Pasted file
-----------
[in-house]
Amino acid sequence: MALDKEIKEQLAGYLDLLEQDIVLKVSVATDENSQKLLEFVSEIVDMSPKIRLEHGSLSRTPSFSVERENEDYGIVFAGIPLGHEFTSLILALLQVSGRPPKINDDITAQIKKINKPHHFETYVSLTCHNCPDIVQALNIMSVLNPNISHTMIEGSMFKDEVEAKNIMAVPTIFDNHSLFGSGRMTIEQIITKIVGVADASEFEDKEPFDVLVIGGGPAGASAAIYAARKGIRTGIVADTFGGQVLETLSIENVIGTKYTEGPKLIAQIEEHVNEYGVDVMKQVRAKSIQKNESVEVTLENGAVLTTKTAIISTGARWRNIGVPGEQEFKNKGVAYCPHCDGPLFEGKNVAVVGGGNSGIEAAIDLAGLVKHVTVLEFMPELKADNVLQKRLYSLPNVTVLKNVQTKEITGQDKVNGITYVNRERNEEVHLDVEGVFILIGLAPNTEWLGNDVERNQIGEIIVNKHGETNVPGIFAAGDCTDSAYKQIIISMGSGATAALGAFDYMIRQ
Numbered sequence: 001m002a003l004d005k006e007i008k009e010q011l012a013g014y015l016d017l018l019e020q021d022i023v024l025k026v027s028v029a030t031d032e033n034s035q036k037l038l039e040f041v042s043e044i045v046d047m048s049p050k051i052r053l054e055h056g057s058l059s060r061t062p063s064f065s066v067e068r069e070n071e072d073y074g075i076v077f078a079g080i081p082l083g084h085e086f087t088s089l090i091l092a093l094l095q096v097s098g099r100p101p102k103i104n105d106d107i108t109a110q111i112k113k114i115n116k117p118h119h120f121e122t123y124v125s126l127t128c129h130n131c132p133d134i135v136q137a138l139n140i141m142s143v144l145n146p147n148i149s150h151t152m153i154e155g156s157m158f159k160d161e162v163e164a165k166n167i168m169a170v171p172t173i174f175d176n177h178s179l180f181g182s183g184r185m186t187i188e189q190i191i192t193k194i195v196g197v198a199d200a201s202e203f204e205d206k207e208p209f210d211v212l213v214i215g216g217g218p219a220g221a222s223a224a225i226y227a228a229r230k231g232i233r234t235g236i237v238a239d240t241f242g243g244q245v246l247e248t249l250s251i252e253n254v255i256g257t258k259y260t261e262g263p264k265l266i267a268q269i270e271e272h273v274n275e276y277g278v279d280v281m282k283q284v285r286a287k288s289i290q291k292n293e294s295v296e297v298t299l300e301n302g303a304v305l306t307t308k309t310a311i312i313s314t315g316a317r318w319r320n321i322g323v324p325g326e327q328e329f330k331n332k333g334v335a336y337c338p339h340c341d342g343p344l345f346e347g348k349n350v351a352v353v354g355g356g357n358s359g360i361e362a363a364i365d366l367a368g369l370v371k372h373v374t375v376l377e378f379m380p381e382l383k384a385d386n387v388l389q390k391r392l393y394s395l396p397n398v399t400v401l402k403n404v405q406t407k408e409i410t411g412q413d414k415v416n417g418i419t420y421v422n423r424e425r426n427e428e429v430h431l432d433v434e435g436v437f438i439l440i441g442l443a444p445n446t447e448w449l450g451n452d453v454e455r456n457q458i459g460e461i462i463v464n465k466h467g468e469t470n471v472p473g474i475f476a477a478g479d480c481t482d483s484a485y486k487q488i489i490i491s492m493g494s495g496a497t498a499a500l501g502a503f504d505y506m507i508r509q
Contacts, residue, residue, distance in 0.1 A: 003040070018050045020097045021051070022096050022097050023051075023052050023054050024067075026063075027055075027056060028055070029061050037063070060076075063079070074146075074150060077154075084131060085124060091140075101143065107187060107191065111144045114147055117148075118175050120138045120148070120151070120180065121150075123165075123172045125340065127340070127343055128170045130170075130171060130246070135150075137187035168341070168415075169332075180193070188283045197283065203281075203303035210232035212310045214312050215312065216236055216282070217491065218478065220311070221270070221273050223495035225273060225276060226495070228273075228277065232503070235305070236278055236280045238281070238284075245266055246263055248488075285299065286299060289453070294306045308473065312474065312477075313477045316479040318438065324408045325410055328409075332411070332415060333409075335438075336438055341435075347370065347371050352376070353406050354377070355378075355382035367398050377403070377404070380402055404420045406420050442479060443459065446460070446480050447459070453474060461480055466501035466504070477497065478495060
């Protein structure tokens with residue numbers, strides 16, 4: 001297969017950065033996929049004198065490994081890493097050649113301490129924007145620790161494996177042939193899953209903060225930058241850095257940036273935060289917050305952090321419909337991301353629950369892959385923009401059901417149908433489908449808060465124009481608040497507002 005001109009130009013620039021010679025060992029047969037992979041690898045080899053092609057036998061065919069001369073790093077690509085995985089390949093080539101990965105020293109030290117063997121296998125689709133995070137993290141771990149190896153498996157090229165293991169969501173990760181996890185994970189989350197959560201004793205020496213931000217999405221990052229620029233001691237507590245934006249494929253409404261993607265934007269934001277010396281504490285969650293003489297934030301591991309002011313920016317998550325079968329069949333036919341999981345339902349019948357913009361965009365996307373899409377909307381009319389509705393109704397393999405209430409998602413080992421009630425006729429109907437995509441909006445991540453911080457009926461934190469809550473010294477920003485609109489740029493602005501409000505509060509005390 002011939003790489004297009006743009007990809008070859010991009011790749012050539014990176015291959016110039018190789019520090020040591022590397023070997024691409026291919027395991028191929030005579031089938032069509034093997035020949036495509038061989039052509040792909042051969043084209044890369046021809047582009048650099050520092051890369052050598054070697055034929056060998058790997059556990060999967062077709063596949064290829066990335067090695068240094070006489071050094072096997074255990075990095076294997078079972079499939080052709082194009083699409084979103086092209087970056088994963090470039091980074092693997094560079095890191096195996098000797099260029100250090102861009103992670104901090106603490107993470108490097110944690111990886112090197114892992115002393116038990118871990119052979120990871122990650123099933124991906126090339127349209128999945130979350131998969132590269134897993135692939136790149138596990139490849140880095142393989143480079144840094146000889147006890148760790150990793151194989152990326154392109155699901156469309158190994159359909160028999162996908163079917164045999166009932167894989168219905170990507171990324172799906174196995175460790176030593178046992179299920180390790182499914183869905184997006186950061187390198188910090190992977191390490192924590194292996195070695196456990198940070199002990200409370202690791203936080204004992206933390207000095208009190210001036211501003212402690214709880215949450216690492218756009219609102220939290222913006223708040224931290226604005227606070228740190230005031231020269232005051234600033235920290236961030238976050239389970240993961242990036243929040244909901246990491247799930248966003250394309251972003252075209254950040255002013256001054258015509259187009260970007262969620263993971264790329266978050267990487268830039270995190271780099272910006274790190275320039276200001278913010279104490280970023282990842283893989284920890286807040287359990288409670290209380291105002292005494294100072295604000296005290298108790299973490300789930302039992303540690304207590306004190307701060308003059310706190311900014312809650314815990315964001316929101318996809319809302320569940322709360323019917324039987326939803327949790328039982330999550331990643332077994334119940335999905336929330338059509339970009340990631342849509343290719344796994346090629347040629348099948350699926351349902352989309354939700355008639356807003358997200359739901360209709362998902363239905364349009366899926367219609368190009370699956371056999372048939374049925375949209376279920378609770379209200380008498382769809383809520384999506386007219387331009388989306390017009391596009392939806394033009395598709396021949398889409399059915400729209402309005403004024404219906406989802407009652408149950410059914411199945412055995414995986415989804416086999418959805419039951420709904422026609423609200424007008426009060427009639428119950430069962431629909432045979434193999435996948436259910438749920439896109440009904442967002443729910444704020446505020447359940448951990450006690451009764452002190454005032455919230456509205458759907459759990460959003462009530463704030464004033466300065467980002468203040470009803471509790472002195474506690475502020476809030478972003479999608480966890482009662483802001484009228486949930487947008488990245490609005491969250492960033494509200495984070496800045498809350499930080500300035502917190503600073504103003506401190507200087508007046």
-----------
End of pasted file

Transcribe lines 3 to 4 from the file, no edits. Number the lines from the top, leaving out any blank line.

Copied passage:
Numbered sequence: 001m002a003l004d005k006e007i008k009e010q011l012a013g014y015l016d017l018l019e020q021d022i023v024l025k026v027s028v029a030t031d032e033n034s035q036k037l038l039e040f041v042s043e044i045v046d047m048s049p050k051i052r053l054e055h056g057s058l059s060r061t062p063s064f065s066v067e068r069e070n071e072d073y074g075i076v077f078a079g080i081p082l083g084h085e086f087t088s089l090i091l092a093l094l095q096v097s098g099r100p101p102k103i104n105d106d107i108t109a110q111i112k113k114i115n116k117p118h119h120f121e122t123y124v125s126l127t128c129h130n131c132p133d134i135v136q137a138l139n140i141m142s143v144l145n146p147n148i149s150h151t152m153i154e155g156s157m158f159k160d161e162v163e164a165k166n167i168m169a170v171p172t173i174f175d176n177h178s179l180f181g182s183g184r185m186t187i188e189q190i191i192t193k194i195v196g197v198a199d200a201s202e203f204e205d206k207e208p209f210d211v212l213v214i215g216g217g218p219a220g221a222s223a224a225i226y227a228a229r230k231g232i233r234t235g236i237v238a239d240t241f242g243g244q245v246l247e248t249l250s251i252e253n254v255i256g257t258k259y260t261e262g263p264k265l266i267a268q269i270e271e272h273v274n275e276y277g278v279d280v281m282k283q284v285r286a287k288s289i290q291k292n293e294s295v296e297v298t299l300e301n302g303a304v305l306t307t308k309t310a311i312i313s314t315g316a317r318w319r320n321i322g323v324p325g326e327q328e329f330k331n332k333g334v335a336y337c338p339h340c341d342g343p344l345f346e347g348k349n350v351a352v353v354g355g356g357n358s359g360i361e362a363a364i365d366l367a368g369l370v371k372h373v374t375v376l377e378f379m380p381e382l383k384a385d386n387v388l389q390k391r392l393y394s395l396p397n398v399t400v401l402k403n404v405q406t407k408e409i410t411g412q413d414k415v416n417g418i419t420y421v422n423r424e425r426n427e428e429v430h431l432d433v434e435g436v437f438i439l440i441g442l443a444p445n446t447e448w449l450g451n452d453v454e455r456n457q458i459g460e461i462i463v464n465k466h467g468e469t470n471v472p473g474i475f476a477a478g479d480c481t482d483s484a485y486k487q488i489i490i491s492m493g494s495g496a497t498a499a500l501g502a503f504d505y506m507i508r509q
Contacts, residue, residue, distance in 0.1 A: 003040070018050045020097045021051070022096050022097050023051075023052050023054050024067075026063075027055075027056060028055070029061050037063070060076075063079070074146075074150060077154075084131060085124060091140075101143065107187060107191065111144045114147055117148075118175050120138045120148070120151070120180065121150075123165075123172045125340065127340070127343055128170045130170075130171060130246070135150075137187035168341070168415075169332075180193070188283045197283065203281075203303035210232035212310045214312050215312065216236055216282070217491065218478065220311070221270070221273050223495035225273060225276060226495070228273075228277065232503070235305070236278055236280045238281070238284075245266055246263055248488075285299065286299060289453070294306045308473065312474065312477075313477045316479040318438065324408045325410055328409075332411070332415060333409075335438075336438055341435075347370065347371050352376070353406050354377070355378075355382035367398050377403070377404070380402055404420045406420050442479060443459065446460070446480050447459070453474060461480055466501035466504070477497065478495060